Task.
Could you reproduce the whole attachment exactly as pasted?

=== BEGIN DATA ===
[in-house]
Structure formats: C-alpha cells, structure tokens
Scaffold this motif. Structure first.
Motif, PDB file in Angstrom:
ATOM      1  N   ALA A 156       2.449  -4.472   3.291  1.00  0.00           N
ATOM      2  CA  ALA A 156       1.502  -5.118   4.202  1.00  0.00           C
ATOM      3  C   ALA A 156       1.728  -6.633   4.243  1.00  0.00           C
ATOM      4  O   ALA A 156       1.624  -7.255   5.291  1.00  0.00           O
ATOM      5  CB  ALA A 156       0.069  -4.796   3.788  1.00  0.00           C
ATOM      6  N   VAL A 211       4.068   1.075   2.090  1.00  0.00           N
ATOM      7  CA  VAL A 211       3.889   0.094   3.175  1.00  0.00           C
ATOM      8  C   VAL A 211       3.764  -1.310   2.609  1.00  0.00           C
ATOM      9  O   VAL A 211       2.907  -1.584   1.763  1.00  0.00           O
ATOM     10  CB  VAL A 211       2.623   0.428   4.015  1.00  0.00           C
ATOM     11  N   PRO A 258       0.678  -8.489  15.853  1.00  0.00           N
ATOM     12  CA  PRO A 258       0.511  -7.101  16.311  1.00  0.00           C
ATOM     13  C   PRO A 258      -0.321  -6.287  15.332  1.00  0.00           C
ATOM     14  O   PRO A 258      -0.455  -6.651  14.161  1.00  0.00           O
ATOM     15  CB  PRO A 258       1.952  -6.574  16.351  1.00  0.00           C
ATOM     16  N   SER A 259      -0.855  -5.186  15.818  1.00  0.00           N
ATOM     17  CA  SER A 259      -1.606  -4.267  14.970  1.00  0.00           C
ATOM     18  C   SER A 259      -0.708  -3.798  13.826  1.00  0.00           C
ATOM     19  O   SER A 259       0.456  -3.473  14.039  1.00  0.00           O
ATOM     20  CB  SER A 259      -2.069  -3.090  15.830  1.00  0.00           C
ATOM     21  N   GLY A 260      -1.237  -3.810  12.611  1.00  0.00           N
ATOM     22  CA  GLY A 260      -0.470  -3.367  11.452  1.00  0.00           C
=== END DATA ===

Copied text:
[in-house]
Structure formats: C-alpha cells, structure tokens
Scaffold this motif. Structure first.
Motif, PDB file in Angstrom:
ATOM      1  N   ALA A 156       2.449  -4.472   3.291  1.00  0.00           N
ATOM      2  CA  ALA A 156       1.502  -5.118   4.202  1.00  0.00           C
ATOM      3  C   ALA A 156       1.728  -6.633   4.243  1.00  0.00           C
ATOM      4  O   ALA A 156       1.624  -7.255   5.291  1.00  0.00           O
ATOM      5  CB  ALA A 156       0.069  -4.796   3.788  1.00  0.00           C
ATOM      6  N   VAL A 211       4.068   1.075   2.090  1.00  0.00           N
ATOM      7  CA  VAL A 211       3.889   0.094   3.175  1.00  0.00           C
ATOM      8  C   VAL A 211       3.764  -1.310   2.609  1.00  0.00           C
ATOM      9  O   VAL A 211       2.907  -1.584   1.763  1.00  0.00           O
ATOM     10  CB  VAL A 211       2.623   0.428   4.015  1.00  0.00           C
ATOM     11  N   PRO A 258       0.678  -8.489  15.853  1.00  0.00           N
ATOM     12  CA  PRO A 258       0.511  -7.101  16.311  1.00  0.00           C
ATOM     13  C   PRO A 258      -0.321  -6.287  15.332  1.00  0.00           C
ATOM     14  O   PRO A 258      -0.455  -6.651  14.161  1.00  0.00           O
ATOM     15  CB  PRO A 258       1.952  -6.574  16.351  1.00  0.00           C
ATOM     16  N   SER A 259      -0.855  -5.186  15.818  1.00  0.00           N
ATOM     17  CA  SER A 259      -1.606  -4.267  14.970  1.00  0.00           C
ATOM     18  C   SER A 259      -0.708  -3.798  13.826  1.00  0.00           C
ATOM     19  O   SER A 259       0.456  -3.473  14.039  1.00  0.00           O
ATOM     20  CB  SER A 259      -2.069  -3.090  15.830  1.00  0.00           C
ATOM     21  N   GLY A 260      -1.237  -3.810  12.611  1.00  0.00           N
ATOM     22  CA  GLY A 260      -0.470  -3.367  11.452  1.00  0.00           C